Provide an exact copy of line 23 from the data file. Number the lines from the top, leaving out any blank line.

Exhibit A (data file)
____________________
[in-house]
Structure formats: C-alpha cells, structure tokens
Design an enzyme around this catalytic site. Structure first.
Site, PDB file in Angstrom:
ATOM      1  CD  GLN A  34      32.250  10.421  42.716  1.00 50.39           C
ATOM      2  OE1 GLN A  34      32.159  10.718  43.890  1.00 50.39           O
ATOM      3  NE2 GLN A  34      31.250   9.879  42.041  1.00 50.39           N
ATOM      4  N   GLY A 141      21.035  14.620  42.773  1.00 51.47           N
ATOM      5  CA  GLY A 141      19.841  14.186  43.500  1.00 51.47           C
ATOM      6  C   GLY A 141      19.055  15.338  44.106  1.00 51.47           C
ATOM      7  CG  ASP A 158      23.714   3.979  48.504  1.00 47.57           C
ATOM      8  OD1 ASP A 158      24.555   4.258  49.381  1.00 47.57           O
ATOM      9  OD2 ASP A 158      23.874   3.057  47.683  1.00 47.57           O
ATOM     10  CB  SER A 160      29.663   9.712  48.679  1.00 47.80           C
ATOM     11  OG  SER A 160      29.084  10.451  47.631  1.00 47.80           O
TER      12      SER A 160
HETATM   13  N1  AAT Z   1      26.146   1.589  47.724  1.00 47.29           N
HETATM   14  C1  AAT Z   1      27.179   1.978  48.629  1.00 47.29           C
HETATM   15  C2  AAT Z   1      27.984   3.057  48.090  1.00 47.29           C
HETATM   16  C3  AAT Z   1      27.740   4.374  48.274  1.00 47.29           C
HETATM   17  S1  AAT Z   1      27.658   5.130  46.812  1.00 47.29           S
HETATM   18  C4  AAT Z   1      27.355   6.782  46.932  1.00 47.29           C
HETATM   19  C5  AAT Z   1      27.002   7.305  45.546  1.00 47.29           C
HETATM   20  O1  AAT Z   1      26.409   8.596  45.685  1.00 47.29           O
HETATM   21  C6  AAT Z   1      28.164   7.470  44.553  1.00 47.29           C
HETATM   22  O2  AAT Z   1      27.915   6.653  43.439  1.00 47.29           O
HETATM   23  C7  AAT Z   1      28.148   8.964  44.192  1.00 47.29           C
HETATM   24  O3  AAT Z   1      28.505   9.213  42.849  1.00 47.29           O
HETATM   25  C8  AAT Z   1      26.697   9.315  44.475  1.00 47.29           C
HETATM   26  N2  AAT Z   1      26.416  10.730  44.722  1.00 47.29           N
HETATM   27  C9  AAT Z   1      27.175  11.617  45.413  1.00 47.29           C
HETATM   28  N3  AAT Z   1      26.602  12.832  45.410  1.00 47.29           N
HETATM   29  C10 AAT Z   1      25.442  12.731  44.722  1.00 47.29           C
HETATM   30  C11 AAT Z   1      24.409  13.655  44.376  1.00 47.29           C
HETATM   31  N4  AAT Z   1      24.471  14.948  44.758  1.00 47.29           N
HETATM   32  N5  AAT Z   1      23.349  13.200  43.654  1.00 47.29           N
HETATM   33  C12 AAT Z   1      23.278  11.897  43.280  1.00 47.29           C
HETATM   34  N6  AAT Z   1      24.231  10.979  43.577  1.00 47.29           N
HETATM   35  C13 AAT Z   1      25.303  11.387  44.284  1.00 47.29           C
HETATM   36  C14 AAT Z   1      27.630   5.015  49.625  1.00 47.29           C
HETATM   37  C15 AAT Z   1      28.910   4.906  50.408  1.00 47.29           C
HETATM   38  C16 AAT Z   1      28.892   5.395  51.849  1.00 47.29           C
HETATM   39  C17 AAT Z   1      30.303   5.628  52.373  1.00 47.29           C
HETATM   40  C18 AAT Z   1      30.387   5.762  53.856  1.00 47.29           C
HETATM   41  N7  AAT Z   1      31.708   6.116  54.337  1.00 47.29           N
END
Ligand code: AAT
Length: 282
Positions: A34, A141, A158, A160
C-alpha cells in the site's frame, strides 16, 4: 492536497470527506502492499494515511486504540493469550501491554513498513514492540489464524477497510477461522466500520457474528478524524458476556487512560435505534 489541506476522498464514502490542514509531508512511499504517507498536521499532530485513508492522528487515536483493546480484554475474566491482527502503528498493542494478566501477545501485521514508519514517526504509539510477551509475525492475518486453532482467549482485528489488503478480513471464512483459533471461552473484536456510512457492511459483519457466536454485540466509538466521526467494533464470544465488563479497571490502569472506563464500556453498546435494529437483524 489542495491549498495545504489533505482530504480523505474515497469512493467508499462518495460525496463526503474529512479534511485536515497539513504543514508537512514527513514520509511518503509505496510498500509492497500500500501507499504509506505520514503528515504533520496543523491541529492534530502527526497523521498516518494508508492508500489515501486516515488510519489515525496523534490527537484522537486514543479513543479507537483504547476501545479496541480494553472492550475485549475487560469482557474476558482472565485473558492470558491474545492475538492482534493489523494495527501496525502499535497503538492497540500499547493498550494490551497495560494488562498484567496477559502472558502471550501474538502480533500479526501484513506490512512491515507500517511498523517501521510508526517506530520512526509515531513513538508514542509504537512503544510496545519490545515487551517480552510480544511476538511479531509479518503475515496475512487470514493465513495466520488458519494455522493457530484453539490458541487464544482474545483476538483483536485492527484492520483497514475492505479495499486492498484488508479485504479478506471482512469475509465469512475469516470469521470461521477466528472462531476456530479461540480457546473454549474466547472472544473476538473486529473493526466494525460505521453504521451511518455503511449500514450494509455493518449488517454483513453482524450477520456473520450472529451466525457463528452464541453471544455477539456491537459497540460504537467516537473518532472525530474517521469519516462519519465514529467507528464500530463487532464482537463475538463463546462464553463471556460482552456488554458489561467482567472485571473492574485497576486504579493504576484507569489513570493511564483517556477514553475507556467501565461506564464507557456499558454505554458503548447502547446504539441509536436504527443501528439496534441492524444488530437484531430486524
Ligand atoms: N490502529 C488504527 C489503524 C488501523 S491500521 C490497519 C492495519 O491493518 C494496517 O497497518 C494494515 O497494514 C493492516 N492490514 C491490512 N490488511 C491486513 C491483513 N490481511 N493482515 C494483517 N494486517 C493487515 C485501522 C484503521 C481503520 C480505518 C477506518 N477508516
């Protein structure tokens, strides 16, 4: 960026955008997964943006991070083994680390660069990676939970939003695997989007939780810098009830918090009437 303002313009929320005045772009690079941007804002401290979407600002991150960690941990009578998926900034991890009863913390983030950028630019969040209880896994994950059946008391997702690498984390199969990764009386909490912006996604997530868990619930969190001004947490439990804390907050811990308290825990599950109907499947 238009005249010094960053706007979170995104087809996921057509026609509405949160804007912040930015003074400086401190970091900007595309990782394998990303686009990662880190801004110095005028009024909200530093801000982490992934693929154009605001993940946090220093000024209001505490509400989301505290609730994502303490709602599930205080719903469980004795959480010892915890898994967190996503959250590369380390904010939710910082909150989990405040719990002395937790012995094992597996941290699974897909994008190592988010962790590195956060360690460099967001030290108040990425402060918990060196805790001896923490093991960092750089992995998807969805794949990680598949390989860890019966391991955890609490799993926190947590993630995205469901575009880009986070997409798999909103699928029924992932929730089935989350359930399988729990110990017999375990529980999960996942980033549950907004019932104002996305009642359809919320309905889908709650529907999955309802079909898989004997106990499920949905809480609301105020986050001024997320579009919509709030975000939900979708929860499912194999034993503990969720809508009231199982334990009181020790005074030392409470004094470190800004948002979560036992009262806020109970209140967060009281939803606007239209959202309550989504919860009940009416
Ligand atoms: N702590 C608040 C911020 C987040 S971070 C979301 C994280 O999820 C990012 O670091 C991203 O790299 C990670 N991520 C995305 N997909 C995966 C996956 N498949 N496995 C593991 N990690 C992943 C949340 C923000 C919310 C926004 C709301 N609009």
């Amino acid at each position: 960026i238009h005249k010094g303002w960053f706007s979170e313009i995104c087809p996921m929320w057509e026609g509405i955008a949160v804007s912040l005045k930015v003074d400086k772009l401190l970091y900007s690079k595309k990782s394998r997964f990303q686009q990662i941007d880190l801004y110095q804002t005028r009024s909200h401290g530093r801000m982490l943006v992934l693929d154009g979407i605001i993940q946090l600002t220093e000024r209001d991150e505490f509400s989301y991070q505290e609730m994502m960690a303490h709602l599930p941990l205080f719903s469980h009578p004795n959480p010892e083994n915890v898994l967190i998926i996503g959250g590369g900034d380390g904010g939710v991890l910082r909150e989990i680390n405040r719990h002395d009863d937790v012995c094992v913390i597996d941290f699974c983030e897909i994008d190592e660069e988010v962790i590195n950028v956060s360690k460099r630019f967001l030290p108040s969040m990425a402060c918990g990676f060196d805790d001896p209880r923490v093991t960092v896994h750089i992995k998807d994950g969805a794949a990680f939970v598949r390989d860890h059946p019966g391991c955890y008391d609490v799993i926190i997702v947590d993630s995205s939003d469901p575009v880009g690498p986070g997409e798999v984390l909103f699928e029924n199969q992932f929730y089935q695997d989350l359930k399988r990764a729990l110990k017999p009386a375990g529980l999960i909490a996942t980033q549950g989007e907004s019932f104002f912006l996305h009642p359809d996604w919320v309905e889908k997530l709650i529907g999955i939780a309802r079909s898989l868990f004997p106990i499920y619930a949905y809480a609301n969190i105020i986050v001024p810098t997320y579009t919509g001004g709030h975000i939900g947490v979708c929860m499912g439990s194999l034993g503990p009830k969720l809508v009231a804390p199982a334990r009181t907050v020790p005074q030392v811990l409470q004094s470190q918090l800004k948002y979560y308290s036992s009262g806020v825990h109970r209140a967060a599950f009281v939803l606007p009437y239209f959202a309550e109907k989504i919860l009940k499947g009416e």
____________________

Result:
HETATM   19  C5  AAT Z   1      27.002   7.305  45.546  1.00 47.29           C